Let’s be honest, we’ve all been guilty of making an assumption only to be proved wrong later down the line. Indeed, even the great Albert Einstein noted that ‘assumptions are made and most assumptions are wrong’. However, for those of us who work in the software development industry, assumptions are a depressingly common, yet dangerous part of the job.
While some individual decisions may only cause a minor, relatively benign issue within a system if proven wrong, some developers take risks that can significantly affect the final product and can even cause major headaches for the customer they’re working for. Because of this, it is becoming increasingly essential to remain in the realm of fact-based decisions in order to minimise catastrophe.
While many decisions made during the design and development process of a product are because of the requirements made by the client, there are a surprising number of decisions made on the fly, with developers using their own personal experiences, knowledge and biases in order to move forward.
These assumptions remain implicitly undocumented and are never tracked. Yet, this doesn’t mean that they don’t resurface later down the line when the system fails or doesn’t perform as it should. Assumptions are made in a variety of development projects, yet, when they go wrong it can grow to become a significant problem.
A recent example of the inherent issues of human assumptions in the software industry can be seen in the risk assessment systems currently used by American law enforcement. Built on the inherent assumptions of the developers, the algorithm would inordinately target black people as reoffenders. While this is an especially egregious case, it is just one example of assumptions in the software sector causing serious and sometimes extremely unethical problems.
While it is inevitable that assumptions will be made at some point during the development process, blindly using them as a solution before carrying out the necessary checks is a recipe for disaster. With this in mind, it’s essential that you validate your assumptions before enacting them in order to avert any issues.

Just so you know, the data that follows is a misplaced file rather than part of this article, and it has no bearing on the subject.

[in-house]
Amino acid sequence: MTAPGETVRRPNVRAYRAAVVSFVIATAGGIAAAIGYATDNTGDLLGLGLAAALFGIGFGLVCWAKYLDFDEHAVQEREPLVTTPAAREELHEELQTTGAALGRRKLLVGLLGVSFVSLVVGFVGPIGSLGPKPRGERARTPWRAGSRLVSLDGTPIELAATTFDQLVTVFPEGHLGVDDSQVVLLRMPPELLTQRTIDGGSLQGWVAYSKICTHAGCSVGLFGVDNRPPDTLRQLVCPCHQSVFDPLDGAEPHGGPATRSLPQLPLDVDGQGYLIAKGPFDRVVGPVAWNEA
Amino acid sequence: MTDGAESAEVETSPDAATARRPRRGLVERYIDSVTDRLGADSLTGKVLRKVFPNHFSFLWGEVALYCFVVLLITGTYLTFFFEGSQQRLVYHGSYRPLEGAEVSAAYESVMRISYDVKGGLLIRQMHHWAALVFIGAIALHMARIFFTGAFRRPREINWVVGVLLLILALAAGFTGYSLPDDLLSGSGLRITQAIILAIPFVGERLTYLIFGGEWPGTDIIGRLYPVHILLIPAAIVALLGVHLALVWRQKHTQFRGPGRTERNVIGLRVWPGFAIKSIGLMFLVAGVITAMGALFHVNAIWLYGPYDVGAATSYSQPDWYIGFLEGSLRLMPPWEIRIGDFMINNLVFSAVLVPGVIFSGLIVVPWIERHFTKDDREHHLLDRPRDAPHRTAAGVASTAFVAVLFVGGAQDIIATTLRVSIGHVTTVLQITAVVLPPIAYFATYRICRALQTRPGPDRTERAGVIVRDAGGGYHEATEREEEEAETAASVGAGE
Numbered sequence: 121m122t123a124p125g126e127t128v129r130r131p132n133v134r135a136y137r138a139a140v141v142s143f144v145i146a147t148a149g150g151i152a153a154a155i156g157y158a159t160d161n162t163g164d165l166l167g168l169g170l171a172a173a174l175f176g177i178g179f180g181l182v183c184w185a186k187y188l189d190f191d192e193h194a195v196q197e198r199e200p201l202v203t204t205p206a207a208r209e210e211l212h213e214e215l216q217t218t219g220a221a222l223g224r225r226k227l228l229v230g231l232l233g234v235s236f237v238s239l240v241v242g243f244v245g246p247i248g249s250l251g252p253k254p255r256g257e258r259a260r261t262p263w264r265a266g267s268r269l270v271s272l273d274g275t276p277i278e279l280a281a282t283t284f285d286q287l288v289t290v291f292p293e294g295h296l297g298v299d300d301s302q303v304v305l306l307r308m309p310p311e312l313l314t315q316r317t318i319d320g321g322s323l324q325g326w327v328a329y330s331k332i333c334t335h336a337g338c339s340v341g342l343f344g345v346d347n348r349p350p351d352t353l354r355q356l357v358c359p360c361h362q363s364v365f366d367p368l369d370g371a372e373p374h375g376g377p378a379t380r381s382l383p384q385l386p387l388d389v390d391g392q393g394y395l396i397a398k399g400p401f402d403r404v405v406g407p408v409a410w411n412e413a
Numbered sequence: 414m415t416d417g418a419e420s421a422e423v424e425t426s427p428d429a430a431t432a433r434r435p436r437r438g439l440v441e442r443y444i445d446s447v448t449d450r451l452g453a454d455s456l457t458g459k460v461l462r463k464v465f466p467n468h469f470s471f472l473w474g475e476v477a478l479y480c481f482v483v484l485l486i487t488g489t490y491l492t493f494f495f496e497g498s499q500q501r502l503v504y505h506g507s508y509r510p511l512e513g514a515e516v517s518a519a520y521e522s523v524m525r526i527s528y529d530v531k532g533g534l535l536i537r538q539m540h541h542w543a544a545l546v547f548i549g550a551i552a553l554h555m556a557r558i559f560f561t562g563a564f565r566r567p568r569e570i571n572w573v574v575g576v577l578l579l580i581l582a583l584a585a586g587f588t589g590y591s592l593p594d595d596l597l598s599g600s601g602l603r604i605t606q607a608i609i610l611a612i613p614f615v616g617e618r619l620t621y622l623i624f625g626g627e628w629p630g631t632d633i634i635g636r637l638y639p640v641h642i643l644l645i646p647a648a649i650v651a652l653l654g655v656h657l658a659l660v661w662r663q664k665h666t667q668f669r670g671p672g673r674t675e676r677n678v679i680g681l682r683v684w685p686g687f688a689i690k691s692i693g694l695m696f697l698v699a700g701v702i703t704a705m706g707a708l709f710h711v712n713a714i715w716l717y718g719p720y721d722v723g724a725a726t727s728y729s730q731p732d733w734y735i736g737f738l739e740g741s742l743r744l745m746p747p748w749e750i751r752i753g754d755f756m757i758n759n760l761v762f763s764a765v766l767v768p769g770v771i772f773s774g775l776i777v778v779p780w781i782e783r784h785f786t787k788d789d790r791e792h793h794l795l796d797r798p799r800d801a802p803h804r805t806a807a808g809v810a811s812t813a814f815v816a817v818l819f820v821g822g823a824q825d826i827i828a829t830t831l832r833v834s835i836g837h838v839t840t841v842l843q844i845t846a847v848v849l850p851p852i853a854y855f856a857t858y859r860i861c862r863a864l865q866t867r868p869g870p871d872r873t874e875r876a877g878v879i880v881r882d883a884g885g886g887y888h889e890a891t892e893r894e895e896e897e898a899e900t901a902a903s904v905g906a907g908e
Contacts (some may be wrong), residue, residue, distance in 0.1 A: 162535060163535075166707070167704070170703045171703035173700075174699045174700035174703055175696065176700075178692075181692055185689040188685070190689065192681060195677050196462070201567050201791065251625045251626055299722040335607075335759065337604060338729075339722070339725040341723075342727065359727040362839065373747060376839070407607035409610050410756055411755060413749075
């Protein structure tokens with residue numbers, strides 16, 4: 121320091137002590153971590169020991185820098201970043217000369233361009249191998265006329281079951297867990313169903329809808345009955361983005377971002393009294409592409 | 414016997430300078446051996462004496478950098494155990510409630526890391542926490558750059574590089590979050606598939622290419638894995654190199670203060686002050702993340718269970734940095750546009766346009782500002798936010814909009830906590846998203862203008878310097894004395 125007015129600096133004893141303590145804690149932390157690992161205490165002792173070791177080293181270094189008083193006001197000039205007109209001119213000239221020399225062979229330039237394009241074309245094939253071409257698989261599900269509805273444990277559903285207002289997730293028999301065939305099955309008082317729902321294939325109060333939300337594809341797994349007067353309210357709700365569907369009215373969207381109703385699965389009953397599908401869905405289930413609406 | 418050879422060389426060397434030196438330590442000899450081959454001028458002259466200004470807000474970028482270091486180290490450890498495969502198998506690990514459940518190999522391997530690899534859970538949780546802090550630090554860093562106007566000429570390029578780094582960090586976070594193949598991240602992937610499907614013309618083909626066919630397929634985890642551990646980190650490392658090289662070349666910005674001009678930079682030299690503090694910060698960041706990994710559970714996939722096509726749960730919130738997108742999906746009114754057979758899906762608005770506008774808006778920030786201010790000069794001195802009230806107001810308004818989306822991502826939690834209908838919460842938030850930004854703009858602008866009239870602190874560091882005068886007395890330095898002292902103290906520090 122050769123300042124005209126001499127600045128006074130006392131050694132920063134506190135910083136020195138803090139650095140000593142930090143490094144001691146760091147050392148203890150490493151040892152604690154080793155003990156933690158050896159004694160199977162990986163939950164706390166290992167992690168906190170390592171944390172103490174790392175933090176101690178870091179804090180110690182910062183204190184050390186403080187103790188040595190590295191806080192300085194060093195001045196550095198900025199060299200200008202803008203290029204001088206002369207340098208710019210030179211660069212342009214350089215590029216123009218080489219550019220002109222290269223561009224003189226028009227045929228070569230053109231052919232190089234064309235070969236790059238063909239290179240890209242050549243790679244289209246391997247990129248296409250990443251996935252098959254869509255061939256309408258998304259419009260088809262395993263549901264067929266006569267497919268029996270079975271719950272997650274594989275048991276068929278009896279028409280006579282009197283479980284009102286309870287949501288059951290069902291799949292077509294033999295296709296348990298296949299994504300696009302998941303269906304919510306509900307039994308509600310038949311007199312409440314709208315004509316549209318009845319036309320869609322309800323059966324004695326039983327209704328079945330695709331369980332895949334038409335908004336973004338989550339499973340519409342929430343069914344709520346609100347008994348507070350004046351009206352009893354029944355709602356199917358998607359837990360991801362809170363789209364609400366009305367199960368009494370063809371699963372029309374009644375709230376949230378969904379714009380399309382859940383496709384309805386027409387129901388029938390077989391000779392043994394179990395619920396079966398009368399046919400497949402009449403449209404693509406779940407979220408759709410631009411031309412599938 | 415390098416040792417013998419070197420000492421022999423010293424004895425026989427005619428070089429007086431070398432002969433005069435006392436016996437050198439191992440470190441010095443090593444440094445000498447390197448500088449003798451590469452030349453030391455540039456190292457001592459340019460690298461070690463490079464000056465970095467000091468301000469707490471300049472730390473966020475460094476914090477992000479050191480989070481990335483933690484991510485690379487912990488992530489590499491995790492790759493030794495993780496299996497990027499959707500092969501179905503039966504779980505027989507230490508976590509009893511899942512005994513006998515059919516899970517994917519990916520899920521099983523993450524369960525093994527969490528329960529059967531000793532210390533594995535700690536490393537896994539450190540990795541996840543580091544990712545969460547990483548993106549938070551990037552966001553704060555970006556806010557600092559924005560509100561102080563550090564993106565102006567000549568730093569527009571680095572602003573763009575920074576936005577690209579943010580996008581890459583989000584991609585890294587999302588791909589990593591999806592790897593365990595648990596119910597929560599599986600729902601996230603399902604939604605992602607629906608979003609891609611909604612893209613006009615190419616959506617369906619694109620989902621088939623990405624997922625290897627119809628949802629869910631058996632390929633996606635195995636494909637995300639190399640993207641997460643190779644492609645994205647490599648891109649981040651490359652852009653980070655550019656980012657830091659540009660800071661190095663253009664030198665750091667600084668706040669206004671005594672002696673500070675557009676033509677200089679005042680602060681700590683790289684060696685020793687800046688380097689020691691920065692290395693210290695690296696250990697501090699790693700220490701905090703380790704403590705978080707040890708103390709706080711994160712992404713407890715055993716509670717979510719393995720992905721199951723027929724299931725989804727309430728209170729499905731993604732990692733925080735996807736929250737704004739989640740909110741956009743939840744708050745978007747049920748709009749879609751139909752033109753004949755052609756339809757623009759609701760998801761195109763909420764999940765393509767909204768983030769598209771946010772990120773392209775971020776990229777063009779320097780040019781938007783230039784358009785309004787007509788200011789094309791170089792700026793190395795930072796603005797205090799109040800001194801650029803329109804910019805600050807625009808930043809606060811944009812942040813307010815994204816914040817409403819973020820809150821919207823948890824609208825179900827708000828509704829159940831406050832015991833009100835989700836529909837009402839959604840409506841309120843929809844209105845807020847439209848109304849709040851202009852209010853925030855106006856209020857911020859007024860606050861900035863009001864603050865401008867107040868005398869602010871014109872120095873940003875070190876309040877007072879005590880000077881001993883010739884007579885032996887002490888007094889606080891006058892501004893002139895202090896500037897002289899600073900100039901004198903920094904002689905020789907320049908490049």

To start with, carry out some research to find any proof that your assumption is valid or consider performing a test of your assumption in order to verify its validity. A prime example of validating an assumption is the employment of user study tests. Rather than simply assuming user interaction, a user study can instead give credence to your choices and minimise issues later down the line.
If you run into an issue that requires some form of assumption to progress, it is vital that it is documented. As many assumptions are left out of project documentation, they can end up rearing their head later down the line if things go wrong.
A good way for software teams to document assumptions is by using the ‘risks, assumptions, issues and dependencies’ log (RAID). This can help you track any decisions that could potentially affect the product further down the line, making it especially handy for mitigating risk.
Finally, it’s important to remember that we now have a wealth of data at our fingertips which can help you to avoid making blind decisions during development. With everything from system metrics to user interaction data being tracked and stored by most companies, experienced app engineers can build a valid foundation based on useful, assumption-killing data.
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